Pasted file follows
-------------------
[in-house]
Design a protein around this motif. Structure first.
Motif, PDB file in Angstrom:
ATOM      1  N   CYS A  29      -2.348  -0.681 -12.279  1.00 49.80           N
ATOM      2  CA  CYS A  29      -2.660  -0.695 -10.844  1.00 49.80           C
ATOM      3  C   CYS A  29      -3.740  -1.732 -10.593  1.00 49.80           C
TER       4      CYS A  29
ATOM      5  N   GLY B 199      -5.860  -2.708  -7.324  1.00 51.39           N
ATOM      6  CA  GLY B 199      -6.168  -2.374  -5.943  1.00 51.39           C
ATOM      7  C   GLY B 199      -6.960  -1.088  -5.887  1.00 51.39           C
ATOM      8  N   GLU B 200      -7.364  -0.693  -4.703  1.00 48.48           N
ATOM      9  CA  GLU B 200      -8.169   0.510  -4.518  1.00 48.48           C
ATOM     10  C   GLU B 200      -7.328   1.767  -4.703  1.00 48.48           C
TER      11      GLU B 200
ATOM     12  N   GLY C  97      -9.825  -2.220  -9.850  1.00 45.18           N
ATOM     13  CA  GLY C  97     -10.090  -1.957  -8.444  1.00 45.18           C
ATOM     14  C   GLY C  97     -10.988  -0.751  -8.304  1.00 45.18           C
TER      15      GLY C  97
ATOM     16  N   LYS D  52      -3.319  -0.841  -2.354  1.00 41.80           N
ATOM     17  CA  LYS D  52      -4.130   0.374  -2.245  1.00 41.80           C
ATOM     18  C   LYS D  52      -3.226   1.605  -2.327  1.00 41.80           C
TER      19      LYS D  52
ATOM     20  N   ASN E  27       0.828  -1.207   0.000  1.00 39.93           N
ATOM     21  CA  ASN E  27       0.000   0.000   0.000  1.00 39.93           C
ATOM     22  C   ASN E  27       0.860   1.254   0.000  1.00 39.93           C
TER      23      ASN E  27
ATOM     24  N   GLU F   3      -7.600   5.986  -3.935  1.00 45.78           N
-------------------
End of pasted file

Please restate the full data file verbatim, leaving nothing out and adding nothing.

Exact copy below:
[in-house]
Design a protein around this motif. Structure first.
Motif, PDB file in Angstrom:
ATOM      1  N   CYS A  29      -2.348  -0.681 -12.279  1.00 49.80           N
ATOM      2  CA  CYS A  29      -2.660  -0.695 -10.844  1.00 49.80           C
ATOM      3  C   CYS A  29      -3.740  -1.732 -10.593  1.00 49.80           C
TER       4      CYS A  29
ATOM      5  N   GLY B 199      -5.860  -2.708  -7.324  1.00 51.39           N
ATOM      6  CA  GLY B 199      -6.168  -2.374  -5.943  1.00 51.39           C
ATOM      7  C   GLY B 199      -6.960  -1.088  -5.887  1.00 51.39           C
ATOM      8  N   GLU B 200      -7.364  -0.693  -4.703  1.00 48.48           N
ATOM      9  CA  GLU B 200      -8.169   0.510  -4.518  1.00 48.48           C
ATOM     10  C   GLU B 200      -7.328   1.767  -4.703  1.00 48.48           C
TER      11      GLU B 200
ATOM     12  N   GLY C  97      -9.825  -2.220  -9.850  1.00 45.18           N
ATOM     13  CA  GLY C  97     -10.090  -1.957  -8.444  1.00 45.18           C
ATOM     14  C   GLY C  97     -10.988  -0.751  -8.304  1.00 45.18           C
TER      15      GLY C  97
ATOM     16  N   LYS D  52      -3.319  -0.841  -2.354  1.00 41.80           N
ATOM     17  CA  LYS D  52      -4.130   0.374  -2.245  1.00 41.80           C
ATOM     18  C   LYS D  52      -3.226   1.605  -2.327  1.00 41.80           C
TER      19      LYS D  52
ATOM     20  N   ASN E  27       0.828  -1.207   0.000  1.00 39.93           N
ATOM     21  CA  ASN E  27       0.000   0.000   0.000  1.00 39.93           C
ATOM     22  C   ASN E  27       0.860   1.254   0.000  1.00 39.93           C
TER      23      ASN E  27
ATOM     24  N   GLU F   3      -7.600   5.986  -3.935  1.00 45.78           N